First drive: Volvo XC60
You'll like Comfort; quality; safety kit; refinement
You won't Not the best for economy or emissions
Verdict A cracking family car that really hits the spot
Volvo hit the bullseye with its first ‘proper' 4x4 – the XC90 – and its aim is just as true with its second, the XC60.
As with its big brother, the key to the XC60's success is that it meets the needs of potential buyers just about perfectly. It's the right size, for a start; smaller and easier to park than big 4x4s like the XC90 or BMW X5, but usefully larger – and more practical - than rivals like the Land Rover Freelander.
Then there's the classy image, which should in turn guarantee rock-solid residual values. That brings us neatly to the pricing, which is also spot-on. At £24,750, the entry-level model – which is far from poorly equipped – costs less than a top-spec Honda CR-V or Toyota RAV4, but it's in a different league for desirability.
Okay, the XC60's styling doesn't quite have the ‘sporty charisma of a coupé', as Volvo suggests, but it's sleek and classy.
In the cabin
The XC60 is best appreciated from inside, however, because its cabin is a fantastic blend of practicality, comfort and style. Avoid the optional lemon green leather trim option and the range of materials is sophisticated, yet understated. We're especially keen on the ‘Nordic Light oak' inserts, which are standard on top-spec cars and a £250 option on the rest.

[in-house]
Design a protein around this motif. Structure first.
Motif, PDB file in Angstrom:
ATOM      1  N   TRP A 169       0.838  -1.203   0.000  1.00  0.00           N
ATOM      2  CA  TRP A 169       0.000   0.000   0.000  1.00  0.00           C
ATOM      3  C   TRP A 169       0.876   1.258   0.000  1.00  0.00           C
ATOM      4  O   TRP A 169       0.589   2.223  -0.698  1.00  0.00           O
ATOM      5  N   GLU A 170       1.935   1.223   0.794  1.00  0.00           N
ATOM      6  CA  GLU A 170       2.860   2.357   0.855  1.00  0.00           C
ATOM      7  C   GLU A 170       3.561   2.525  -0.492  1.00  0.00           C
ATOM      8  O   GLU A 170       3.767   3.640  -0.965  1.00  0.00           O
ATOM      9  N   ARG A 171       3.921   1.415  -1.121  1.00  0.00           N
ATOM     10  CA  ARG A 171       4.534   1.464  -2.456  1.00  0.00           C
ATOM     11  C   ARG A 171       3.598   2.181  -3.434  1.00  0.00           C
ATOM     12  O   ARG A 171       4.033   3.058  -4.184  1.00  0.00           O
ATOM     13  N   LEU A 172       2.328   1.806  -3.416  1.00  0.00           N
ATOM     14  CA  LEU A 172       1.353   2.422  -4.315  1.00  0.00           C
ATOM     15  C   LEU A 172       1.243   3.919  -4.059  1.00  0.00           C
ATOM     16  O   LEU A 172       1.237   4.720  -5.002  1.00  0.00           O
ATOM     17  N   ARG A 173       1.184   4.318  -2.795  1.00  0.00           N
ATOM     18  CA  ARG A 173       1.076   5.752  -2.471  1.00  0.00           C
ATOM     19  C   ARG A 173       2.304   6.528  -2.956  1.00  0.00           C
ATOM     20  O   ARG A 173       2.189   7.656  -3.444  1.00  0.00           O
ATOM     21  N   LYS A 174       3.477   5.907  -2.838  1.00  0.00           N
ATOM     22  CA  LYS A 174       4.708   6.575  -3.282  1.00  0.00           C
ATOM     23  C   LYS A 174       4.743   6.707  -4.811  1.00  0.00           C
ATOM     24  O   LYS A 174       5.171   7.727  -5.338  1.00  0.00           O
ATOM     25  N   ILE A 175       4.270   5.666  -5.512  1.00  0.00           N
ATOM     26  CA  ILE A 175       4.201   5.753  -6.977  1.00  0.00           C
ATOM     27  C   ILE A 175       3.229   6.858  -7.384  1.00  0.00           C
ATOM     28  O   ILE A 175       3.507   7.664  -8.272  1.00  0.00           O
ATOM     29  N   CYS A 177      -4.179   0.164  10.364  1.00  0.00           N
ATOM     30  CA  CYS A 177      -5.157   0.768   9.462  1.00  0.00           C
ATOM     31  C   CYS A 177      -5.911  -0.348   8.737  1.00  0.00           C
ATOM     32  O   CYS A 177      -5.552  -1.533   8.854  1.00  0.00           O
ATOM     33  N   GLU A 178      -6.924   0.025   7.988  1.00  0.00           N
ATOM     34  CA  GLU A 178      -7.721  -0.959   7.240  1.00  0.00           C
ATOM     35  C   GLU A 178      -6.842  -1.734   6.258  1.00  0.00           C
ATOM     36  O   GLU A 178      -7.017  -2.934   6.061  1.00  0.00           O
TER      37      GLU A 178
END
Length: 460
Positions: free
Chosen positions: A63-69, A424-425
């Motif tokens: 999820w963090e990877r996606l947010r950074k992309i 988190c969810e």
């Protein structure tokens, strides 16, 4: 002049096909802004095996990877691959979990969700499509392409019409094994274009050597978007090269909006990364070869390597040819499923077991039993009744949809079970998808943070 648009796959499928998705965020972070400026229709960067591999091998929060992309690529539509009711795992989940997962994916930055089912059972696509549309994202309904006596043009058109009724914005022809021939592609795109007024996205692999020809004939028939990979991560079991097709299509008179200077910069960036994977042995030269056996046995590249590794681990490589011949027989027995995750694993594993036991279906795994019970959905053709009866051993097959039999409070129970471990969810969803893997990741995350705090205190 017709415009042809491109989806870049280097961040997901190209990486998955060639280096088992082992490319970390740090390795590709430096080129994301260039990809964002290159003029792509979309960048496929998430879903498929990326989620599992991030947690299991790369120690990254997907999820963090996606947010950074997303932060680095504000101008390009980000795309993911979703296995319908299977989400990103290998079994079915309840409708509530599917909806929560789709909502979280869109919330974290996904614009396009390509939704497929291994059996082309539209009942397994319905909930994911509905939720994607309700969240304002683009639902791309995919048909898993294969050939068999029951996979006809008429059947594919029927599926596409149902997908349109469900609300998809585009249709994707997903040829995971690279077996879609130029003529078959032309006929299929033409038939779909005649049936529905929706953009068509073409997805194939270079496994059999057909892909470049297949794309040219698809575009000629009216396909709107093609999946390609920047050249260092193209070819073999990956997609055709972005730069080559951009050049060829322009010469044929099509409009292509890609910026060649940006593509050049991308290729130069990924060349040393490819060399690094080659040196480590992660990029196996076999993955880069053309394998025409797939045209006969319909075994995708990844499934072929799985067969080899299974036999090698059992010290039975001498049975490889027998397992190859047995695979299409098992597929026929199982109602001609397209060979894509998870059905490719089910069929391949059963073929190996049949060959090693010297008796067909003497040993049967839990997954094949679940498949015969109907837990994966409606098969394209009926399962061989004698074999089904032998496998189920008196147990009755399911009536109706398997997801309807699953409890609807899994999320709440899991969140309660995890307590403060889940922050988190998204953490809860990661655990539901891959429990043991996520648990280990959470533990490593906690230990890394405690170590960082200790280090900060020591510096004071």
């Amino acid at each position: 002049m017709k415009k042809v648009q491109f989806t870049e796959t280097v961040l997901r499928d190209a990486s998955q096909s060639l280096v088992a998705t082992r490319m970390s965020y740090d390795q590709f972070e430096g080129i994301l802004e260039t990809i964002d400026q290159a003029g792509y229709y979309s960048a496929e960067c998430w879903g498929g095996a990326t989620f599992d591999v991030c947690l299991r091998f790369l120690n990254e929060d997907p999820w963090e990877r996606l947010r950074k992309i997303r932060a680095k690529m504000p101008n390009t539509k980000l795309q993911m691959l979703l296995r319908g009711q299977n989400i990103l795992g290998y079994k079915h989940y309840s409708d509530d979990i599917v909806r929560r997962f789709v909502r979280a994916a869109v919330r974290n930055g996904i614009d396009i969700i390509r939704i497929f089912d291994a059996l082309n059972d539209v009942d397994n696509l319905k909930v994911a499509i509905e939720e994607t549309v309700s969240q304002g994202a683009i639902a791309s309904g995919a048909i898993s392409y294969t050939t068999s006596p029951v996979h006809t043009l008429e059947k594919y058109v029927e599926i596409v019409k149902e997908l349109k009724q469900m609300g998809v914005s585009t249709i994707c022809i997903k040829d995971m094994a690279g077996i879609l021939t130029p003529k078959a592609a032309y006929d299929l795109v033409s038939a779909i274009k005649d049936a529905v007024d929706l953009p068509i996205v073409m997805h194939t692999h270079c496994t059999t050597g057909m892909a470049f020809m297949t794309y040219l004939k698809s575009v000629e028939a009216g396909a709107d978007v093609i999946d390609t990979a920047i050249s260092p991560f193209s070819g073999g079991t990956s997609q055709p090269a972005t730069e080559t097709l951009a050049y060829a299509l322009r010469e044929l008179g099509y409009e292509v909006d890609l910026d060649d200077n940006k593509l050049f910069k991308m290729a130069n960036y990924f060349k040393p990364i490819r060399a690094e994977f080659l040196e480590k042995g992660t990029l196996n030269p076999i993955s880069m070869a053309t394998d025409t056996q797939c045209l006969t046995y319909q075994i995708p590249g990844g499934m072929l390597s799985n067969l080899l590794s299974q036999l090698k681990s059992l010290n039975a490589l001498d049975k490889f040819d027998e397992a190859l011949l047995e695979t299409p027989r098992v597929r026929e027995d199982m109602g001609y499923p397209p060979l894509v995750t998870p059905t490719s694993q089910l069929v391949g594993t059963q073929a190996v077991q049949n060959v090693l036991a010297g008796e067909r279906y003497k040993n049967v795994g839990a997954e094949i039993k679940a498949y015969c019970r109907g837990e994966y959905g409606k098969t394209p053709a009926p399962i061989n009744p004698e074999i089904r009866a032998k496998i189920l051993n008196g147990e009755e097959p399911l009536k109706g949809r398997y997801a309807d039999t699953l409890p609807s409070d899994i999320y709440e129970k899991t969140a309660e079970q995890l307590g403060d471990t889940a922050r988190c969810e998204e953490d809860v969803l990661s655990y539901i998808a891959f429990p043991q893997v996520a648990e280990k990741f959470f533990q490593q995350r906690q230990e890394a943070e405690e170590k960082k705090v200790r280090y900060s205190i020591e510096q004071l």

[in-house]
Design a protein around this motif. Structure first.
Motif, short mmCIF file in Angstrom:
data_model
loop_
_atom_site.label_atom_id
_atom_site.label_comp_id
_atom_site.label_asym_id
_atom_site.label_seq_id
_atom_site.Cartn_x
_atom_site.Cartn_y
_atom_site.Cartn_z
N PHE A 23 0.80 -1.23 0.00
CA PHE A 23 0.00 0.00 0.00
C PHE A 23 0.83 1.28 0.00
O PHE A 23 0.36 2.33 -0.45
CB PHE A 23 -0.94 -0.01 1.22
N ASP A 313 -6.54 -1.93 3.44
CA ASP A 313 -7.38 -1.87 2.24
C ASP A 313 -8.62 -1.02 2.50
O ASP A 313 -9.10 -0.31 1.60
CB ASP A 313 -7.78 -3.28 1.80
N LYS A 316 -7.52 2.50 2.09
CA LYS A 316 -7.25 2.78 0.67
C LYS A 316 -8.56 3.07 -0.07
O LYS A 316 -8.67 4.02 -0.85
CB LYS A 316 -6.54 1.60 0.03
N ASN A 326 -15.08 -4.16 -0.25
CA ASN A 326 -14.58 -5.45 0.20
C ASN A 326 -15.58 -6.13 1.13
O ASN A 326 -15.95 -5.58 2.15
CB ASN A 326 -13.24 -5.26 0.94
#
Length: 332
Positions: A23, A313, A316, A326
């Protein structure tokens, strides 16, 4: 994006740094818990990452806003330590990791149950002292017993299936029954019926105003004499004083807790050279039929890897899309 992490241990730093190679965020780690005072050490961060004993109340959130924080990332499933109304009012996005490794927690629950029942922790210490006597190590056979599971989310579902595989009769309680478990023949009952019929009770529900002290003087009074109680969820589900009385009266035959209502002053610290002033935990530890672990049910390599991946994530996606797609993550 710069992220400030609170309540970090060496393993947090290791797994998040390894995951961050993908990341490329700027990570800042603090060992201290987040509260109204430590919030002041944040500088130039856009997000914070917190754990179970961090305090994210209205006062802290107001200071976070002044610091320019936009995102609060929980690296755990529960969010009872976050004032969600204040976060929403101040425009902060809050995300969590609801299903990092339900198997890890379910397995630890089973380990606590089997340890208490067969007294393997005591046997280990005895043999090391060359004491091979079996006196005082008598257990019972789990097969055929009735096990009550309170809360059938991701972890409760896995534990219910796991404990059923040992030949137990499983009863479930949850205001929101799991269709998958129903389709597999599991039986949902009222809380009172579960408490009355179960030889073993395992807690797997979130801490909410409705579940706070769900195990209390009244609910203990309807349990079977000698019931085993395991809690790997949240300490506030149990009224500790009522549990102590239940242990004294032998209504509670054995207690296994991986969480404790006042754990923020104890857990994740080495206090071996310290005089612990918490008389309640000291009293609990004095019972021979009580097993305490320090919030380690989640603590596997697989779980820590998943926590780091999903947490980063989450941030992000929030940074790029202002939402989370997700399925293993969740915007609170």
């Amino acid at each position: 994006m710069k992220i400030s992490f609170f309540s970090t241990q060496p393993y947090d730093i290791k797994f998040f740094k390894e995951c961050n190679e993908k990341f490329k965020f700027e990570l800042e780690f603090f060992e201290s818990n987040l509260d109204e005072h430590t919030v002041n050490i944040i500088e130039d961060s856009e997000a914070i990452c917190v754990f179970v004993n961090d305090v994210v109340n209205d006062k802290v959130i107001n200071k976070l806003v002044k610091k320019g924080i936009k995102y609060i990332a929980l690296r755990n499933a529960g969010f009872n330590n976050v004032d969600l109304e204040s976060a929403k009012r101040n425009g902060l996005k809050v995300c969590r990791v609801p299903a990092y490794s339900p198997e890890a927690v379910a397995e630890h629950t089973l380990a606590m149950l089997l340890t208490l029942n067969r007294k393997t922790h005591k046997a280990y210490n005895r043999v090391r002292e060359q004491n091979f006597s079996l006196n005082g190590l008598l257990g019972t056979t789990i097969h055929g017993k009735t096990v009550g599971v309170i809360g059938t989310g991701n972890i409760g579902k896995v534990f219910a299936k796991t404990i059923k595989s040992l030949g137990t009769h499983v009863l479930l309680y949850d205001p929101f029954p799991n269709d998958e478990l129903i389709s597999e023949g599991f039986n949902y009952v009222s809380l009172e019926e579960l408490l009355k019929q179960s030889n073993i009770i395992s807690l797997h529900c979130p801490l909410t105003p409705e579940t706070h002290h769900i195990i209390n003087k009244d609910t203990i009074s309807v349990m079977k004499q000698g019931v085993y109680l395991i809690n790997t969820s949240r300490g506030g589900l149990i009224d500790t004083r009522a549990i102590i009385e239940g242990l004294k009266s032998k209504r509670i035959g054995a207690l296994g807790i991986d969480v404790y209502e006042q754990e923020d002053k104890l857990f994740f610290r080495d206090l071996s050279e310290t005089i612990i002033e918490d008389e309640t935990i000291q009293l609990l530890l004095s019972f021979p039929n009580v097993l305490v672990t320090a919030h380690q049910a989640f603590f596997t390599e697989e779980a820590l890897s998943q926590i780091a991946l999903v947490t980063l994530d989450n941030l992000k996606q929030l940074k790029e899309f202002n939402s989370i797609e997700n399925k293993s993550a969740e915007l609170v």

A simple dash, comfy seats and great visibility make you feel instantly at home and there's bags of space for four tall adults and their luggage. The rear seats fold in an instant, to leave a large, flat load area.
Although it's not the most fun 4x4 to drive, the XC60 has the surefooted, unflappable feel that buyers crave. There's plenty of grip and the ride is comfortable over all but the worst surfaces. Refinement is excellent, too, although the five-cylinder diesel engines are a little boomy when worked hard.
In fact, the engines are the only chink in the XC60's armour; whether you choose the 161bhp 2.4D or the 183bhp D5 diesels, both use more fuel and emit more CO2 than most rivals. Volvo acknowledges that the turbocharged six-cylinder petrol T6 will barely register on the sales charts. If Volvo could find a way of fitting the four-cylinder 2.0-litre diesel that powers our favourite V70, the XC60 would be just about faultless. Over to them…
InsURANCE Group tbc
Dealers won't budge during the initial rush, but decent savings should soon follow